Gym class could be a cruel place. There were some kids who were really fast runners, and they got picked first. Then the most popular kids got picked and then the captains’ friends. Finally all who were left were the chubby kid, the clumsy kid, and the unpopular kid, and the teams argued over who had to take them. At least at recess they were allowed to do their own thing and weren’t forced to play sports. For those few short minutes they could ignore the fact that they didn’t belong. But when the bell rang, they were dragged back to reality, a reality that hurt.

And maybe home wasn’t any better. Absent or uninvolved parents. An older sibling who seemed to “get” everything on the first try. Maybe tonight would be the night when someone would call and invite you out… or maybe not.

Alone. Not good enough. Not pretty enough. Not athletic enough. Not rich enough. Not popular.

The Christmas story is full of these characters. When Gabriel meets Mary, she is an unmarried woman. In these times, a woman was always given her worth based on the man she was associated with, and the Bible does not record who Mary’s father was. Thus she is recorded as a woman without a man, a person of low status.

Joseph, a carpenter, had some status, but what does it say about his status that there was “no room” for him in the inn? The concept of “the inn” has caused some confusion in our culture; this wasn’t a hotel with some grumpy innkeeper who turned a pregnant woman out. No, it was worse than that; the word translated “inn” here carries the meaning of guest house or guest room. When we read “there was no room in the inn” the literal meaning is that their family didn’t have room for them.

I remember a trip we took about a month before Jonathan was born. We drove to visit our seminary friends in Texas. They lived in a rather small parsonage with their two small children, but when we came, they gave up their bedroom for us. That’s hospitality. But Mary and Joseph were not afforded that kind of hospitality, even by their family. The Bible doesn’t tell us why not, but I imagine the fact of Mary’s pregnancy has something to do with it.

There were shepherds living out in the fields, keeping watch over their flocks at night.
Shepherds in Jesus day were dirty and smelly, and they were considered untrustworthy. They were usually nomadic, traveling from place to place reflecting the changing seasons, so they were not tied into the society around them. So they were nobodies. They were invisible. They didn’t show up in polite company. They weren’t invited to parties.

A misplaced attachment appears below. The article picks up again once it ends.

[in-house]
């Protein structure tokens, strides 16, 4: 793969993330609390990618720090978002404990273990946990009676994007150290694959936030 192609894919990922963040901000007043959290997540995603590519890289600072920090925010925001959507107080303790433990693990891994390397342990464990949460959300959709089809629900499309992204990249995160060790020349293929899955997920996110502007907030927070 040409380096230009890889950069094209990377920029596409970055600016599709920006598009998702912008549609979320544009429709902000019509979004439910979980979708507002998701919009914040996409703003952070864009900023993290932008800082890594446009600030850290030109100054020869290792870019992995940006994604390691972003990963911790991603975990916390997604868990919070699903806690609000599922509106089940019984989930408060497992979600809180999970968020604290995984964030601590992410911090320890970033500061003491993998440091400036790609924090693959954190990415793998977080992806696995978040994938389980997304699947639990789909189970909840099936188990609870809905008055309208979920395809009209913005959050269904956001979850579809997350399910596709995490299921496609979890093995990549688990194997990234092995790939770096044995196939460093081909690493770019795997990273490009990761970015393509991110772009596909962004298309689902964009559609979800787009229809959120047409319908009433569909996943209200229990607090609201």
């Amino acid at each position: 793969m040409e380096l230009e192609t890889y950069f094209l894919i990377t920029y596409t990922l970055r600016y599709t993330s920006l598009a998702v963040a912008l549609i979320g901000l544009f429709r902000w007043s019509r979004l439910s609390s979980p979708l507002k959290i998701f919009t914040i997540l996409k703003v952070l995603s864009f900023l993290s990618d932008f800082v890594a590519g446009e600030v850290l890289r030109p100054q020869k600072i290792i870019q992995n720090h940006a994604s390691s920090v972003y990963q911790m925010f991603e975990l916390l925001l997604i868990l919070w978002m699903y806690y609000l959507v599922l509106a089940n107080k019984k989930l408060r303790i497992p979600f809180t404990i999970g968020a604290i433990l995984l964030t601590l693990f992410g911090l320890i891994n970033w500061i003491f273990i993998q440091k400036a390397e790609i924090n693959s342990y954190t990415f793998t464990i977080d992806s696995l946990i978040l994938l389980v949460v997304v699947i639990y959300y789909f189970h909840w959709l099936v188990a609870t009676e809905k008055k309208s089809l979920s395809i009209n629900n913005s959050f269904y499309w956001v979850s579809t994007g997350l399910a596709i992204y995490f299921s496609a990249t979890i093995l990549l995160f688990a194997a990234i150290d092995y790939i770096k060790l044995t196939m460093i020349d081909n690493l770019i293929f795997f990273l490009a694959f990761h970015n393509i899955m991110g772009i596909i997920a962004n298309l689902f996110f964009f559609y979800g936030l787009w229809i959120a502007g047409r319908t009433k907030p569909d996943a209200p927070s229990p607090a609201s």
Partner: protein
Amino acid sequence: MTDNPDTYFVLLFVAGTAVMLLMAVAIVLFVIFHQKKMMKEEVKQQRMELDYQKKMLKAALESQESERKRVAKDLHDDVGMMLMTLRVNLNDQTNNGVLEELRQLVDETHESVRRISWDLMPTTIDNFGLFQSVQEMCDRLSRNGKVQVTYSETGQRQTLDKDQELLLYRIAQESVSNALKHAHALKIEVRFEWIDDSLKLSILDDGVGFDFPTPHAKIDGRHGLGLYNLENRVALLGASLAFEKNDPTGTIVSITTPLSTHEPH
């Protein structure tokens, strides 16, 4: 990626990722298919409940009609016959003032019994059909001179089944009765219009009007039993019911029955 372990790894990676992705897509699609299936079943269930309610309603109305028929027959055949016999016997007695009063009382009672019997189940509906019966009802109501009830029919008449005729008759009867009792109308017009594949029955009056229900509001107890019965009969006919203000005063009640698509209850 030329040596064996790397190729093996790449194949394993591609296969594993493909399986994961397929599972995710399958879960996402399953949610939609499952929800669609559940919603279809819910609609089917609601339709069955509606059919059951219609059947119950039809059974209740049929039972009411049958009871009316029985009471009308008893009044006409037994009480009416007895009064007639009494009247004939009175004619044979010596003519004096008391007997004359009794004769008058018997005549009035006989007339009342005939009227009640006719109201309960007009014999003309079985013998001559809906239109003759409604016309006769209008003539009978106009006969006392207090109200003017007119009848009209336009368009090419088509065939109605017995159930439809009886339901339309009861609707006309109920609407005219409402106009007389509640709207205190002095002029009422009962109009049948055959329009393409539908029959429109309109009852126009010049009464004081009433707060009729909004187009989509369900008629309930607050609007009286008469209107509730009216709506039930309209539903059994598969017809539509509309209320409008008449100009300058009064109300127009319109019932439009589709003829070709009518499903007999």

Everything about the culture pointed to the wealthy and the connected. Yet God sent his angel Gabriel to Mary, to Joseph, and to the shepherds. Why would God do this? Why would God choose the lowly? Wouldn’t God have done this all a little more efficiently if he had sent Jesus as a conquering king? After all, this is what prophecy led the Jews to expect, a Messiah in the line of David, a powerful king and strong deliverer.

Had God chosen to come to the mighty, strong, and wealthy, who could stand against him? But, on the other hand, had God chosen the mighty, what would that mean for the lowly and the humble? It would be just like the elementary school gym class all over again. “I choose the rich! I choose the strong! I choose the popular! I choose the connected! Oh, the weak? The poor? I guess I’ll take them. But I don’t want them.”

Furthermore, had God chosen to do things this way, there would be some people who would come to the conclusion that they had something to do with God’s choice. Because I did this, God chose me. Because of me, God…

This isn’t the way God works. Why not? Because God actually loves the last one chosen. There is enough bad theology out there that says that God’s love is demonstrated in how wealthy and healthy you are. So many times I’ve seen health and wealth equated with God’s favor, but this just doesn’t match with God’s character. God loves those who culture bypasses. God loves Mary and Joseph. God loves smelly shepherds. God loves the single mother. God loves the illegal alien. God loves the AIDS patient. God loves the hungry. God loves the smelly. God loves the least and the lost. God loves.

Deuteronomy 7:7-9 tells us that The Lord did not set his affection on you and choose you because you were more numerous than other peoples, for you were the fewest of all peoples. But it was because the Lord loved you and kept the oath he swore to your forefathers that he brought you out with a mighty hand and redeemed you from the land of slavery, from the power of Pharaoh king of Egypt. Know therefore that the Lord your God is God; he is the faithful God, keeping his covenant of love to a thousand generations of those who love him and keep his commands.